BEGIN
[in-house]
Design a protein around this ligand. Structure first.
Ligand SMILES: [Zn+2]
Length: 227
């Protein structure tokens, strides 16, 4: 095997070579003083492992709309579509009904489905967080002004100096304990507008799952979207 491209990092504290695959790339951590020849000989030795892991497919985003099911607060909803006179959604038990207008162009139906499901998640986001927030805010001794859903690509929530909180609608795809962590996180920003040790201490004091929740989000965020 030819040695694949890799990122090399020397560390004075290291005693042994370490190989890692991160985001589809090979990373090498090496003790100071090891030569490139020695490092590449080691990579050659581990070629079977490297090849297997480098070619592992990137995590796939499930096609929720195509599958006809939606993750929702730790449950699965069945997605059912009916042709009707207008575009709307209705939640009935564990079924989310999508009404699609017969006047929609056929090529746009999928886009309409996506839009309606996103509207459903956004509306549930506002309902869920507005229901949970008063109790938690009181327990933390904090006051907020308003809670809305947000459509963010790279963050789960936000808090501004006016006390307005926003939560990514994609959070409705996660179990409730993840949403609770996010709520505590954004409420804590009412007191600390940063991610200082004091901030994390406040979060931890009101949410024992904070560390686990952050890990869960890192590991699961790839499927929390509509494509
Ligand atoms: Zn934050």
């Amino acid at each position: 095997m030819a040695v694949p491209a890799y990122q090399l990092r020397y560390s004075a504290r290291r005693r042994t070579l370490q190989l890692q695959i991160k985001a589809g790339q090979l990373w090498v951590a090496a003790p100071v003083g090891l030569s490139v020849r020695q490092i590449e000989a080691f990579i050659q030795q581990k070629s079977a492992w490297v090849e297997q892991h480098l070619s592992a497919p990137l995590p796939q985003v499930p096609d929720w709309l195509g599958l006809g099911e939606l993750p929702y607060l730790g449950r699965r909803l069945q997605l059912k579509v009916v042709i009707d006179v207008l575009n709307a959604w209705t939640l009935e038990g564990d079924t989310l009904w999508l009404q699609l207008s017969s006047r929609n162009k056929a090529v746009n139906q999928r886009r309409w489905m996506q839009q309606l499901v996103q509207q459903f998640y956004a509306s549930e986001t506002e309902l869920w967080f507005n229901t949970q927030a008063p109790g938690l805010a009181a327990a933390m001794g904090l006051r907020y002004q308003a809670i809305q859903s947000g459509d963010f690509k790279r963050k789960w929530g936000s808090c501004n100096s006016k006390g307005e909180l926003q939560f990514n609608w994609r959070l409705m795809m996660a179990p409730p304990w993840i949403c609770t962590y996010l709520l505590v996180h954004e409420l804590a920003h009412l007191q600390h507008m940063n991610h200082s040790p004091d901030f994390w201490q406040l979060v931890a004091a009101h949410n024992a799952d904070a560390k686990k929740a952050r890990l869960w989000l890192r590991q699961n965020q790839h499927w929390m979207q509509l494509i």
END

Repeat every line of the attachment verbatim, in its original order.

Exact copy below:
[in-house]
Design a protein around this ligand. Structure first.
Ligand SMILES: [Zn+2]
Length: 227
């Protein structure tokens, strides 16, 4: 095997070579003083492992709309579509009904489905967080002004100096304990507008799952979207 491209990092504290695959790339951590020849000989030795892991497919985003099911607060909803006179959604038990207008162009139906499901998640986001927030805010001794859903690509929530909180609608795809962590996180920003040790201490004091929740989000965020 030819040695694949890799990122090399020397560390004075290291005693042994370490190989890692991160985001589809090979990373090498090496003790100071090891030569490139020695490092590449080691990579050659581990070629079977490297090849297997480098070619592992990137995590796939499930096609929720195509599958006809939606993750929702730790449950699965069945997605059912009916042709009707207008575009709307209705939640009935564990079924989310999508009404699609017969006047929609056929090529746009999928886009309409996506839009309606996103509207459903956004509306549930506002309902869920507005229901949970008063109790938690009181327990933390904090006051907020308003809670809305947000459509963010790279963050789960936000808090501004006016006390307005926003939560990514994609959070409705996660179990409730993840949403609770996010709520505590954004409420804590009412007191600390940063991610200082004091901030994390406040979060931890009101949410024992904070560390686990952050890990869960890192590991699961790839499927929390509509494509
Ligand atoms: Zn934050």
């Amino acid at each position: 095997m030819a040695v694949p491209a890799y990122q090399l990092r020397y560390s004075a504290r290291r005693r042994t070579l370490q190989l890692q695959i991160k985001a589809g790339q090979l990373w090498v951590a090496a003790p100071v003083g090891l030569s490139v020849r020695q490092i590449e000989a080691f990579i050659q030795q581990k070629s079977a492992w490297v090849e297997q892991h480098l070619s592992a497919p990137l995590p796939q985003v499930p096609d929720w709309l195509g599958l006809g099911e939606l993750p929702y607060l730790g449950r699965r909803l069945q997605l059912k579509v009916v042709i009707d006179v207008l575009n709307a959604w209705t939640l009935e038990g564990d079924t989310l009904w999508l009404q699609l207008s017969s006047r929609n162009k056929a090529v746009n139906q999928r886009r309409w489905m996506q839009q309606l499901v996103q509207q459903f998640y956004a509306s549930e986001t506002e309902l869920w967080f507005n229901t949970q927030a008063p109790g938690l805010a009181a327990a933390m001794g904090l006051r907020y002004q308003a809670i809305q859903s947000g459509d963010f690509k790279r963050k789960w929530g936000s808090c501004n100096s006016k006390g307005e909180l926003q939560f990514n609608w994609r959070l409705m795809m996660a179990p409730p304990w993840i949403c609770t962590y996010l709520l505590v996180h954004e409420l804590a920003h009412l007191q600390h507008m940063n991610h200082s040790p004091d901030f994390w201490q406040l979060v931890a004091a009101h949410n024992a799952d904070a560390k686990k929740a952050r890990l869960w989000l890192r590991q699961n965020q790839h499927w929390m979207q509509l494509i």